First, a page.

If you are using the “develop” repository, as mentioned above, the core codebase is in the src directory. A downloaded package serves a “built” version of this directory, thus placing these files in the root. The codebase consists of around 1000 files and directories.
Initial bootstrap files, such as index.php, wp-load.php, wp-blog-header.php, and wp-settings.php, appear in this src directory. Special handlers such as the XML-RPC, trackback, and comment submission endpoints, are also in the root.
The remaining files are divided into three distinct directories: wp-admin, wp-includes, and, to some extent, wp-content.
The wp-content directory consists of user-defined and site-specific files, including themes, plugins, and uploads. The repository only contains a wp-content directory for the bundled plugins (e.g. Hello Dolly) and themes (e.g. Twenty Fifteen).
The wp-admin directory contains the code powering the administration area of WordPress. The primary bootstrap is wp-admin/admin.php. Other special files include admin-header.php and admin-footer.php, the AJAX handler admin-ajax.php, and the generic POST handler admin-post.php. Most of the files in the wp-admin directory are pages in the WordPress admin interface.
The wp-admin/includes directory consists of the primary core and third-party libraries available and used in the administration area. Some of these are loaded as the admin is bootstrapped; see wp-admin/includes/admin.php for the primary list of files included.
The wp-admin and wp-includes directories also have js and css directories, for scripts and styles, respectively. Third-party scripts are packaged in a compressed and minified state, which are available at https://wordpress.org/download/source/. Both minified and development versions are included for core scripts and styles, with the minified versions receiving the suffixes .min.js and .min.css.
The wp-includes directory has a number of third-party libraries in folders. The wp-includes/js directory, in particular, has jquery and tinymce directories, with the former holding jQuery, jQuery UI, and various plugins, and the latter holding TinyMCE and various TinyMCE core and WordPress-specific extensions.
To search the codebase, developers rely on either a project search tool in their code editor or IDE, or command-line utilities such as ack or grep. Browsing the codebase on Trac is manageable, but one particular feature is noteworthy: Trac includes an excellent user interface for the Subversion blame command.
To blame a line of code means to determine who last edited that line and when. To access this in Trac when browsing a file, click the Annotate link in the top right corner. Most consider the UI far more efficient than individual svn blame commands.
Core committers do not make changes to WordPress lightly, and commits should never occur without as complete understanding of the existing code as possible. If the code causes a bug, was that always the case? When was it introduced? Why? Is the code in question a fix for a different bug? These questions are very important.
When a WordPress install is initially run, if a wp-config.php file cannot be located, the wp-load.php file will suggest you visit wp-admin/setup-config.php to create the configuration file.
Once this is done, you’ll be taken to wp-admin/install.php. At this point, the database tables are created. The database schema is stored in wp-admin/includes/schema.php, and the installation libraries are primarily located in wp-admin/includes/upgrade.php(where else are they located? we should be specific here).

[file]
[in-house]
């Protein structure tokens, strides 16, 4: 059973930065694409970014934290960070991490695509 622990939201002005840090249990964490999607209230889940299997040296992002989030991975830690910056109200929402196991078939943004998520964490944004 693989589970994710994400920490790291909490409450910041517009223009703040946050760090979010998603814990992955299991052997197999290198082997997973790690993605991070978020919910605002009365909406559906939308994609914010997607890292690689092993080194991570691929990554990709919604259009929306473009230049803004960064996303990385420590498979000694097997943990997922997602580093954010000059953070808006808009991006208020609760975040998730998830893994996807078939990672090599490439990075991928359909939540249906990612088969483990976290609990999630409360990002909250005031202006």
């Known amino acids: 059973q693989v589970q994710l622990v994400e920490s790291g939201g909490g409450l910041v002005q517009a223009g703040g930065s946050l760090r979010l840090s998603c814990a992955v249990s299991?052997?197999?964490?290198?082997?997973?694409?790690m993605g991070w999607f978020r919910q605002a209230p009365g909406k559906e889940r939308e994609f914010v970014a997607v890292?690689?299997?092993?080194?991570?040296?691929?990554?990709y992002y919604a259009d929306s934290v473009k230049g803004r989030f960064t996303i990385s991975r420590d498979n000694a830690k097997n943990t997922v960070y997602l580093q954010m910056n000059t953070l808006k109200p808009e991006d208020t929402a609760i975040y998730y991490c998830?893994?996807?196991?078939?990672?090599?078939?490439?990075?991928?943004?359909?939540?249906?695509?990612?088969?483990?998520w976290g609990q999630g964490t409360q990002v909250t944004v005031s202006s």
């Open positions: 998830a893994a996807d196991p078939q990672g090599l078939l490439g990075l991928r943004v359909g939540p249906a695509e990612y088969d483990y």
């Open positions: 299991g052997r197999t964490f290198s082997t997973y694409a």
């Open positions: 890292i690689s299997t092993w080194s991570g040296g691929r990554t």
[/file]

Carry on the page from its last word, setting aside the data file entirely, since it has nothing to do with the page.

Database upgrade instructions are included in wp-admin/includes/upgrade.php. Whenever a database change is needed with a new version of WordPress – whether that means altering the database structure, or updating some database content – an upgrade routine can be triggered. Indeed, you can safely update from WordPress 0.70 to the latest version and the database will keep up with the more than a decade of changes.
Knowing when to upgrade is handled by a number in wp-includes/version.php, the WordPress database version. This number corresponds to a revision number of the codebase, generally the revision that last introduced a database upgrade routine. When the number in the code differs from the number stored in the database, the routines in wp-admin/includes/upgrade.php are run.
The function wp_upgrade() calls upgrade_all() (among other functions), which will run the appropriate routines in sequence. In order to trigger a new routine, a “schema bump” – changing the right numbers, including the WordPress database version in version.php – needs to occur.
Changes to the database structure are handled by a function called dbDelta(), which takes the table definitions, compares them to the existing schema, and makes any changes that are required – for example, adding new tables, altering fields, adding indexes. For dbDelta() to run over the core table definitions, the DB version in version.php simply needs to be bumped.
Core developers generally distinguish between database “upgrades” and version “updates.” Updating WordPress to the newest codebase (via the user interface) triggers a complex series of actions.
Prior to any update, WordPress has already polled api.wordpress.org to determine whether it needs to update, and if so, where to find the new version. Once the update is triggered, WordPress will download the ZIP archive and unzip it into a temporary directory in wp-content/upgrade. A single file, wp-admin/includes/update-core.php, will be copied out of the temporary directory and over the existing wp-admin/includes/update-core.php, at which point it will be executed. Thus, the newly downloaded code handles the main process of copying over the new files. This allows us to provide instructions specific to the new version, such as which files are old and can be removed.